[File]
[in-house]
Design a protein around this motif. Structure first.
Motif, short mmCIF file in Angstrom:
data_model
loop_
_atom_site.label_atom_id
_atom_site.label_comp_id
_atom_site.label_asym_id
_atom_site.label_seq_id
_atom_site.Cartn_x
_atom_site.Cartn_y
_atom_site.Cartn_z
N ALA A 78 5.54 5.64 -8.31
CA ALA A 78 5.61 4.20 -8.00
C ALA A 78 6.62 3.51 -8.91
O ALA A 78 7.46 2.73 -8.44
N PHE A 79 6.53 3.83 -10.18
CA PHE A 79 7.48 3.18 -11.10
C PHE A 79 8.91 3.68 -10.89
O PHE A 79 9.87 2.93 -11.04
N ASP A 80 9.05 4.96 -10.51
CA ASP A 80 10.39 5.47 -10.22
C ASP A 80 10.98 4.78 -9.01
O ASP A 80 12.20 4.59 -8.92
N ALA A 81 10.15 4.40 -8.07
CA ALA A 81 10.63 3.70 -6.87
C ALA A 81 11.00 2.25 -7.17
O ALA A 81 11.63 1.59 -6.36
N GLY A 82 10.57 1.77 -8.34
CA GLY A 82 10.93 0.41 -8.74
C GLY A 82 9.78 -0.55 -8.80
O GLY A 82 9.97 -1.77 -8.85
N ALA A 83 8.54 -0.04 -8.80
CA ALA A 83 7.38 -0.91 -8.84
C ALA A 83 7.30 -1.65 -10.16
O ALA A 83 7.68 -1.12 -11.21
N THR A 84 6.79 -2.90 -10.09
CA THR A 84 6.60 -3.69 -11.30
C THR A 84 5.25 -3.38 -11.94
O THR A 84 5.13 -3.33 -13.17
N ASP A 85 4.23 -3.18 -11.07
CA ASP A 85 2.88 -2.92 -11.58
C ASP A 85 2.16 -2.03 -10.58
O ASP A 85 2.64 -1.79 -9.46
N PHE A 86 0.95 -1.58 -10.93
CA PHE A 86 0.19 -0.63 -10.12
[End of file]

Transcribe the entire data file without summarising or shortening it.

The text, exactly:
[in-house]
Design a protein around this motif. Structure first.
Motif, short mmCIF file in Angstrom:
data_model
loop_
_atom_site.label_atom_id
_atom_site.label_comp_id
_atom_site.label_asym_id
_atom_site.label_seq_id
_atom_site.Cartn_x
_atom_site.Cartn_y
_atom_site.Cartn_z
N ALA A 78 5.54 5.64 -8.31
CA ALA A 78 5.61 4.20 -8.00
C ALA A 78 6.62 3.51 -8.91
O ALA A 78 7.46 2.73 -8.44
N PHE A 79 6.53 3.83 -10.18
CA PHE A 79 7.48 3.18 -11.10
C PHE A 79 8.91 3.68 -10.89
O PHE A 79 9.87 2.93 -11.04
N ASP A 80 9.05 4.96 -10.51
CA ASP A 80 10.39 5.47 -10.22
C ASP A 80 10.98 4.78 -9.01
O ASP A 80 12.20 4.59 -8.92
N ALA A 81 10.15 4.40 -8.07
CA ALA A 81 10.63 3.70 -6.87
C ALA A 81 11.00 2.25 -7.17
O ALA A 81 11.63 1.59 -6.36
N GLY A 82 10.57 1.77 -8.34
CA GLY A 82 10.93 0.41 -8.74
C GLY A 82 9.78 -0.55 -8.80
O GLY A 82 9.97 -1.77 -8.85
N ALA A 83 8.54 -0.04 -8.80
CA ALA A 83 7.38 -0.91 -8.84
C ALA A 83 7.30 -1.65 -10.16
O ALA A 83 7.68 -1.12 -11.21
N THR A 84 6.79 -2.90 -10.09
CA THR A 84 6.60 -3.69 -11.30
C THR A 84 5.25 -3.38 -11.94
O THR A 84 5.13 -3.33 -13.17
N ASP A 85 4.23 -3.18 -11.07
CA ASP A 85 2.88 -2.92 -11.58
C ASP A 85 2.16 -2.03 -10.58
O ASP A 85 2.64 -1.79 -9.46
N PHE A 86 0.95 -1.58 -10.93
CA PHE A 86 0.19 -0.63 -10.12